Toshiba widens accounting probe

Toshiba has expanded its investigation of internal accounting irregularities to include Westinghouse Electric and all of its other subsidiaries - raising fresh questions over the extent of the problems that have already pushed its shares down by a fifth.

News of the wider probe follows a decision by the Japanese industrial group to withdraw its earnings guidance and scrap its year-end dividend, after it found improper accounting of costs on certain infrastructure projects.

Two days ago, the company said it may have to mark down three years of operating profit by at least Y50bn ($417m).

In a hastily arranged news conference late Friday, Hisao Tanaka, Toshiba's chief executive, apologised for the problems, saying he will cut his monthly pay by 50 per cent until the company can resume its dividend payout.

"Our biggest priority is to recover market confidence as early as possible," Mr Tanaka said. He added that the company had appointed a four-member panel of external lawyers and accountants, in addition extending its internal probe.

Shares in Toshiba have fallen 20 per cent since the company flagged up the accounting issues in early April.

On Friday, Toshiba also gave a breakdown of the Y50bn markdown estimate, saying it was derived from nine cases of accounting irregularity in its power systems, social infrastructure and community solution business. Mr Tanaka said most of the cases involved domestic projects.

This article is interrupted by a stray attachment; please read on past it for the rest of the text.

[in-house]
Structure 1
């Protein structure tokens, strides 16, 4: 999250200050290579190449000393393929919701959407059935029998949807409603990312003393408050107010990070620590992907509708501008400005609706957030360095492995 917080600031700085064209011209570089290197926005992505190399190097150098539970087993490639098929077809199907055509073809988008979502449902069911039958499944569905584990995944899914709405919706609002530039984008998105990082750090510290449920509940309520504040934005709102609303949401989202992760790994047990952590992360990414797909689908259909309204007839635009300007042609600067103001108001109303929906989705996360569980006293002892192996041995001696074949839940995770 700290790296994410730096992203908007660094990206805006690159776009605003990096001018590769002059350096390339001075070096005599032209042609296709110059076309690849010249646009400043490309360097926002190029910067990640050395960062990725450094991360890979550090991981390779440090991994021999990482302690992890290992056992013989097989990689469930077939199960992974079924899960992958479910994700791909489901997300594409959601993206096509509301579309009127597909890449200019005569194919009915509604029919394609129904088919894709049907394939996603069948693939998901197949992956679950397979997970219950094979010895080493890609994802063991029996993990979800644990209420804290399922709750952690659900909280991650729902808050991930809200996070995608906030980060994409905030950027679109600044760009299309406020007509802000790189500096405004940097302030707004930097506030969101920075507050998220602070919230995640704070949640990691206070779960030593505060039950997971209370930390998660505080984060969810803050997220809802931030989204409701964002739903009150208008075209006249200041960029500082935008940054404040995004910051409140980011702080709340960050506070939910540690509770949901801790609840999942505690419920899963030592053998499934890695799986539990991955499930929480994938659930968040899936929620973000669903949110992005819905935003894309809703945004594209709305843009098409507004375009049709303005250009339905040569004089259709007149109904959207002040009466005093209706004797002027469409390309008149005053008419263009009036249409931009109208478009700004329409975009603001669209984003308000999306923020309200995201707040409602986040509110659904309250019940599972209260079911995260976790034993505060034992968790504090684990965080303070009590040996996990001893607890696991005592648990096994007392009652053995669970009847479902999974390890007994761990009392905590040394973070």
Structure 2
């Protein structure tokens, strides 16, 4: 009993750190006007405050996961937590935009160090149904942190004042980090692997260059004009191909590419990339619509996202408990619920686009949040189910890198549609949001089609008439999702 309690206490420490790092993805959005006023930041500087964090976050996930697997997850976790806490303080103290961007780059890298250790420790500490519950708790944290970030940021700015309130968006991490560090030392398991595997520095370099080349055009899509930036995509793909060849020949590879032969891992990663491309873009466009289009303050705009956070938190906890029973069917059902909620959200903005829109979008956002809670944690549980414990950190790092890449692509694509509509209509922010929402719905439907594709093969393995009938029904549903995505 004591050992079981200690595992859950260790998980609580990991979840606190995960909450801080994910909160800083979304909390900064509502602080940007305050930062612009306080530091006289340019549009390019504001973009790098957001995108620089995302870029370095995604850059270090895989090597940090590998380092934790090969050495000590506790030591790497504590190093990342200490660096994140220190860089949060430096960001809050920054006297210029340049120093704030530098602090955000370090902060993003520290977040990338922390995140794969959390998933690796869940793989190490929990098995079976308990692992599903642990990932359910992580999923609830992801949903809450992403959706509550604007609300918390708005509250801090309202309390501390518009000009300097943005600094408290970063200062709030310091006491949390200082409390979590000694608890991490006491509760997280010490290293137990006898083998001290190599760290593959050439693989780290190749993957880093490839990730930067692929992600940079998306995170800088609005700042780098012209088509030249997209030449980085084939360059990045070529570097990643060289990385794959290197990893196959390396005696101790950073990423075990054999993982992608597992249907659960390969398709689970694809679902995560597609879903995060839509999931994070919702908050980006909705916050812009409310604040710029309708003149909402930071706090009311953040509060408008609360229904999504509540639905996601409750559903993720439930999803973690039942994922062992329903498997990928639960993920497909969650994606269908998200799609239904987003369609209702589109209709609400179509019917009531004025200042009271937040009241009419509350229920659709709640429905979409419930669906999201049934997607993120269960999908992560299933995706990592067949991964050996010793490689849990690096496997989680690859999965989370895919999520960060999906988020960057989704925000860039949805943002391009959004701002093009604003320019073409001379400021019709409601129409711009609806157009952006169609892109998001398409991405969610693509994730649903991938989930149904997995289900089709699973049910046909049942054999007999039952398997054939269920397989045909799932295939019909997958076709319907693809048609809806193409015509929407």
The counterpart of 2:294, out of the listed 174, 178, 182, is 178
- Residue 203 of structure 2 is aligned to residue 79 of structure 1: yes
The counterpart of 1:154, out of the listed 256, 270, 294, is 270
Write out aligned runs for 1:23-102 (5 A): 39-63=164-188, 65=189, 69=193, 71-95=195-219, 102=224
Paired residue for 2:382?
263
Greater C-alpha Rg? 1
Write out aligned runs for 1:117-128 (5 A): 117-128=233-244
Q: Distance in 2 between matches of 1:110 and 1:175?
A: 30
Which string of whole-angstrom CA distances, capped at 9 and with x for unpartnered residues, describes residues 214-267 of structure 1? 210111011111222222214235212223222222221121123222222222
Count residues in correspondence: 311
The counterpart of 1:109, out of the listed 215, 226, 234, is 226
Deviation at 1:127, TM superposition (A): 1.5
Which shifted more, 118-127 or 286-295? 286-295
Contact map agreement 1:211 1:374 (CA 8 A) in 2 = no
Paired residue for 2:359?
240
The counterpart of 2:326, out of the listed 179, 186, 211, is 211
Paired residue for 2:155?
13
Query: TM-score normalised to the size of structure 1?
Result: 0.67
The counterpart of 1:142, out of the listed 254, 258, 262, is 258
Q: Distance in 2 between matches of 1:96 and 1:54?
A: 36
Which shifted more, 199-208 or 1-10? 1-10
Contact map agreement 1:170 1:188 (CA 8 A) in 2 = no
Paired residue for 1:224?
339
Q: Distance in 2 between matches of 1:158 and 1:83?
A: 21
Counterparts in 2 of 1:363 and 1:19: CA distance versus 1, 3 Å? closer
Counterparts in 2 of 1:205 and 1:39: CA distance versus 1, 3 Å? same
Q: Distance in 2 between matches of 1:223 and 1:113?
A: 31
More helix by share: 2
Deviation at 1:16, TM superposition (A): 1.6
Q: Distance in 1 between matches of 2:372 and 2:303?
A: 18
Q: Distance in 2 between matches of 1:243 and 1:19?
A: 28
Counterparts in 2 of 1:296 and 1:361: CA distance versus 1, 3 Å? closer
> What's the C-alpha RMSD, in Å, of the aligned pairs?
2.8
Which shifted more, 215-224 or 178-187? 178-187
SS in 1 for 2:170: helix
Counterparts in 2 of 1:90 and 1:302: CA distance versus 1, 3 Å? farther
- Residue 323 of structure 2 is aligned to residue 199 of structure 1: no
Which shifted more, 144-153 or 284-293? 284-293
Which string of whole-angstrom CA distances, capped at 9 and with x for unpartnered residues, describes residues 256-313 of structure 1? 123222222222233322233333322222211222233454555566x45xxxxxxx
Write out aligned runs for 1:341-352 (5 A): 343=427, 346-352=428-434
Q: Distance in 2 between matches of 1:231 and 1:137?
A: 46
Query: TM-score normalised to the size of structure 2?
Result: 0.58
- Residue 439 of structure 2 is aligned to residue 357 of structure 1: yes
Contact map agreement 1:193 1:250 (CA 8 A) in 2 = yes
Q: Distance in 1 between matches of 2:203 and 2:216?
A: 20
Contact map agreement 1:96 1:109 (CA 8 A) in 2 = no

Initially, the company said an internal probe had found that construction costs on certain infrastructure-related projects had been underestimated and that losses from the construction work were "not recorded in a timely manner".

Mr Tanaka said on Friday that "various other doubts" over the way expenses and financial appraisals were handled had emerged, necessitating a widening of the probe to all divisions and overseas units - including Westinghouse, its US nuclear power company. These "doubts" came to light after the company studied about 250 cases, including some overseas.

But Mr Tanaka declined to comment when asked if there were signs that the accounting figures had been tampered with.

Toshiba said it did not know when the third-party panel investigation will conclude. However, the company needs to report its full-year earnings by the end of June to meet regulations by the Tokyo Stock Exchange.

It had previously projected a 136 per cent gain in net profit to Y120bn for the fiscal year that ended in March, and a 3 per cent gain in sales to Y6.7tn.

Toshiba's current accounting irregularities come less than two years after it disclosed that its medical unit had overstated earnings over a six-year period.

Investor scrutiny of bookkeeping practices at Japanese companies has increased following a $1.7bn accounting scandal at medical equipment maker Olympus in 2011.

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